Dinner for 2 NYC Hounds...
A friend of mine has offered to take me out to dinner here in LA as a thank you for my letting him crash with me for a week. We are both from NY and we are both foodies although I am a bit more adventurous than he. I ate at Mozza (both the pizzeria and osteria) and while both were good, I found them similar to Otto and Lupa in NY. I was blown away by Babita and had very good sushi at Sushi Gen. Again though, I've been told that for higher end sushi, NYC and LA may be close in quality. I'd like to do something uniquely LA.
I'd like to keep the budget around $75-100 for 2 people. He does not drink at all. We are more than willing to travel as far as neccessary for a fun experience. I hope this is a specific enough request. Thanks in advance for your help.
P.S. I'll post my amusing story about my 5 minute wait at the Mozzas on weekend nights with no reservation, and no, I am not some kind of VIP. : )
Das Ubergeek's recommendations are (as always) top notch, and I agree with them all. :) Here are a few of my favorites that are "L.A." (some are already mentioned above, I'll add links):
* Sushi Sasabune: Hands-down my favorite *authentic* Sushi restaurant in the U.S. (I've been to Matsuhisa, Nozawa, (and Nobu and a few others outside of CA), and I still like Sasabune compared to the others. The fish is so fresh, so perfectly prepared. Price-wise, the old master has raised his prices a bit, but there's an "American Omakase" that I believe is ~$60 per person. Their other option - "Nihon Omakase" (which has more exotic items) - is out of the budget you were targeting, $90 per person (but so worth it! :).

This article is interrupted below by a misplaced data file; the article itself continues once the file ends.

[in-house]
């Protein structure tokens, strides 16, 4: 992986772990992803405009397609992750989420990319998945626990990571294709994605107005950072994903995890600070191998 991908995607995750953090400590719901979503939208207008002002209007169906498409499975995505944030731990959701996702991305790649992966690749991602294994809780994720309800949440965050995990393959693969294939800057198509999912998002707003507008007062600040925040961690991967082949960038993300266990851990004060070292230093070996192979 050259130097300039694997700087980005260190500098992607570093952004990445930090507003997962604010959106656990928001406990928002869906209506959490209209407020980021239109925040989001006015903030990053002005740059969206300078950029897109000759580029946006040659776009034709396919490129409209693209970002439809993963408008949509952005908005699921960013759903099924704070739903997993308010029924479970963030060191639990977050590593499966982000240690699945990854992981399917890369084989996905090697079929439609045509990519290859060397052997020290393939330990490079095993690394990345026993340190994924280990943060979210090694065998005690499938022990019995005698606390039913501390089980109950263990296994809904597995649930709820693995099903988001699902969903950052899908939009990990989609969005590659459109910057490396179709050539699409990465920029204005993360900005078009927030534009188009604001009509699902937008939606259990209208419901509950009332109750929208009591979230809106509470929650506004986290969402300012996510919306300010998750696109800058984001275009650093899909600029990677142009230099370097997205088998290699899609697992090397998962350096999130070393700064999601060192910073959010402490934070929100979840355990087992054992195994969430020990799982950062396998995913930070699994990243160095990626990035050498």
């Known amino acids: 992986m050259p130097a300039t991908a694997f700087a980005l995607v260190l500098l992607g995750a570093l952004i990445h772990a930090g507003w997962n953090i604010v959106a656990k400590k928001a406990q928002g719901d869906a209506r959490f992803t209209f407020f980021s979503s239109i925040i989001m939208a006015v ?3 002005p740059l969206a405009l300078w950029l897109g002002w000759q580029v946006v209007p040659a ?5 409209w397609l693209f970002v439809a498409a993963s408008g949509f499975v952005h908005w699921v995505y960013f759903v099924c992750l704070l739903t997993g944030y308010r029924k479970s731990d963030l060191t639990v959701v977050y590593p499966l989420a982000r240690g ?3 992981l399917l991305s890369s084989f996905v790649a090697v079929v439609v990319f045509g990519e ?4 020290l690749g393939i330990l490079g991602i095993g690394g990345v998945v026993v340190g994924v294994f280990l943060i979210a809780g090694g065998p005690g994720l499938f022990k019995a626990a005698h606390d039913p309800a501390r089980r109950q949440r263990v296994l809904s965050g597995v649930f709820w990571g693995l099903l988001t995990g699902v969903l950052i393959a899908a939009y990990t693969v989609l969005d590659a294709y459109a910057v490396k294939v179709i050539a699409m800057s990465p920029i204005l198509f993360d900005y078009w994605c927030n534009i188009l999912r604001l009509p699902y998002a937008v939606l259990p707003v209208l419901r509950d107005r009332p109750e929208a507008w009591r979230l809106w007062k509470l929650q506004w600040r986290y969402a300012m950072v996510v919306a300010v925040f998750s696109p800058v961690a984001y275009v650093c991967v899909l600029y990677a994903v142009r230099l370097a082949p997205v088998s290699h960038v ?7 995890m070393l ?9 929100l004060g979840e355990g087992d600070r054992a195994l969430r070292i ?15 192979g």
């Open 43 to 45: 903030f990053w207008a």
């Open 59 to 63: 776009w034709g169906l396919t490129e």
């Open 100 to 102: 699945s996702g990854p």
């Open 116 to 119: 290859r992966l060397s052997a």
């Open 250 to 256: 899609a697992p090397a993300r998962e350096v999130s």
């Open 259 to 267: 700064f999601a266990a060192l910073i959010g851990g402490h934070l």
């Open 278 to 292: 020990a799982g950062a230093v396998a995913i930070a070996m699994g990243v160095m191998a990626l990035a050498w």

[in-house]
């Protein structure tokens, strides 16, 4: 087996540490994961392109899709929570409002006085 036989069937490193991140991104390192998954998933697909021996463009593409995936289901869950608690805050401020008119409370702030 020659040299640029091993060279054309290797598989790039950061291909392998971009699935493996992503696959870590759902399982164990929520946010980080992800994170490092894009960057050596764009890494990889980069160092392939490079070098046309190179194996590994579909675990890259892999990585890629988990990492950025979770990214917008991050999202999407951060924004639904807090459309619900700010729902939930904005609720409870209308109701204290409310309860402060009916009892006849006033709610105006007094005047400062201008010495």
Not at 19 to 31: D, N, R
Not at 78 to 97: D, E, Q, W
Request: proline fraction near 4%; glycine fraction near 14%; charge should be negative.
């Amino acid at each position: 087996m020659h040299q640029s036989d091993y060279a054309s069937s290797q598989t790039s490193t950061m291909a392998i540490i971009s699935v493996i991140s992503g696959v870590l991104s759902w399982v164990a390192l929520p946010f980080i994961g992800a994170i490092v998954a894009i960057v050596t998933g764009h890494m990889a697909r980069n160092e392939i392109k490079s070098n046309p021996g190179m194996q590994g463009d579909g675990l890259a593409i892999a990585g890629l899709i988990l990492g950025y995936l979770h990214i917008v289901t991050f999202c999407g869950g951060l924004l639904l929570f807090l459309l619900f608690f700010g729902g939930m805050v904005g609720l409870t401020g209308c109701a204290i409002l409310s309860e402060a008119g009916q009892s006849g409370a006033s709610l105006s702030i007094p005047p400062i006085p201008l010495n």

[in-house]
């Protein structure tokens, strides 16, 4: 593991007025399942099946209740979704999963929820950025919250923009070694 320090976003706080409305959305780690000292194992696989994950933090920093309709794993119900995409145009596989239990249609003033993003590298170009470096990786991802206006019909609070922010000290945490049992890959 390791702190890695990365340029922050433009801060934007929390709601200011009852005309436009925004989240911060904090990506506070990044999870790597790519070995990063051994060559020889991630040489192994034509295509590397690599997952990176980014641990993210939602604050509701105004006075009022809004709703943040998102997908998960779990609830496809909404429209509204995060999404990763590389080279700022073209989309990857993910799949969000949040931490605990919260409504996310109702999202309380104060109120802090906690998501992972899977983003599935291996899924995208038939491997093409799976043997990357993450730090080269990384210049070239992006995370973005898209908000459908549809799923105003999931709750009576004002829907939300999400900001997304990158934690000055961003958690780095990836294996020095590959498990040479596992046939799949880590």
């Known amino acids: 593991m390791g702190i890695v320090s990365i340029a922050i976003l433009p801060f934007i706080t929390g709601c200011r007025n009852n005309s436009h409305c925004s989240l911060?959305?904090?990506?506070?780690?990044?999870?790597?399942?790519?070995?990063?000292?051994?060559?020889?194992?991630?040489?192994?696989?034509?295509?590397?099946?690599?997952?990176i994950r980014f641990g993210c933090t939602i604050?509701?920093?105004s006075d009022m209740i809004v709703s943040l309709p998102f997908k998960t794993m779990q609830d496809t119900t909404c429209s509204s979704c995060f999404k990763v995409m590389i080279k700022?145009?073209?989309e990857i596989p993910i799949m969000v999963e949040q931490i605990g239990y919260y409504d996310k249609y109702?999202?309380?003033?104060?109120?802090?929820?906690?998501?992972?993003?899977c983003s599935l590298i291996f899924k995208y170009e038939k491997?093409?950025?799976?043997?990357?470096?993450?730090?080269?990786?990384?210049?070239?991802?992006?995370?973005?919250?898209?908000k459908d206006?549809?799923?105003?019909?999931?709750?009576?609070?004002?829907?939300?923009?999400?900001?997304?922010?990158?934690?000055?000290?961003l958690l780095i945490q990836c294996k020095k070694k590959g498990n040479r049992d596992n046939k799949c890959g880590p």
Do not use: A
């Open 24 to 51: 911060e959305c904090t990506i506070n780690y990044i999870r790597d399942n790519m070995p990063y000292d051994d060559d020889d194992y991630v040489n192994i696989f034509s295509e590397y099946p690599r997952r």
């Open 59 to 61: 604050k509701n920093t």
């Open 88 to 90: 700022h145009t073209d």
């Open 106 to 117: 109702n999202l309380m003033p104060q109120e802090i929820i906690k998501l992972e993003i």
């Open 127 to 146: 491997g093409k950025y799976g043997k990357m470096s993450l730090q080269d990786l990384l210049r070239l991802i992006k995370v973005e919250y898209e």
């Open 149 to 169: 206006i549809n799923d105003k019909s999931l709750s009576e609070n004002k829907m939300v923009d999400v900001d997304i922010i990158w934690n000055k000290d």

* Palms Thai: Great Thai food, and home of "Thai Elvis" (a Thai gentlemen who *seriously* sounds just like Elvis when he's singing his songs!). It sounds like a gimmick, but luckily the Thai Food itself is fantastic! (All my Thai friends and their families know of "Palms Thai" in Thai Town.) There are Thai restaurants that are more provincial-specific, and some that serve dishes that surpass Palms Thai in some dishes, but for overall dishes and a truly unique "L.A." experience, it's Palms Thai. :
* Sea Harbour: Sea Harbour has risen up in the past few years to become arguably the best Hong Kong / Cantonese-style Seafood Restaurant, focusing on Quality, instead of joining the unfortunate Price War that's brought down the level of food in older places like Ocean Star and NBC. Their Live Jumbo Shrimp (Bai Juo Hsia) is one of the best dishes you can get.
* Azeen's Afghani Restaurant: This was a really enjoyable restaurant. Unique Afghanistan food, well prepared, and in the nice area of Old Pasadena.
110 E Union St.
Pasadena, CA 91103
* Shin Sen Gumi (Yakitori): A wonderfully rustic, down-to-earth Japanese Yakitori-style restaurant. The whole experience is definitely L.A. (more like a Tokyo suburb, heh), as the entire staff will greet you when you enter "Irasshaimase!!!", shout out dishes that you order, and thank you when you ask for the check and wish you well on your way out. "Osu!!!" And the food is wonderful Yakitori-style food (Meats and Vegetables on mini Wood Skewers, roasted over mesquite coals). Try either their
Gardena location: http://www.shinsengumiusa.com/G_yakitori/index.php
Fountain Valley location (larger): http://www.shinsengumiusa.com/FV_yaki...
Honestly, if you want stuff that you just cannot get in New York, you're going to want to take off the suit jacket, put on some work boots, and head to the ethnic dives. In 90% of them you won't come close to $75 for both of you even if you both drink.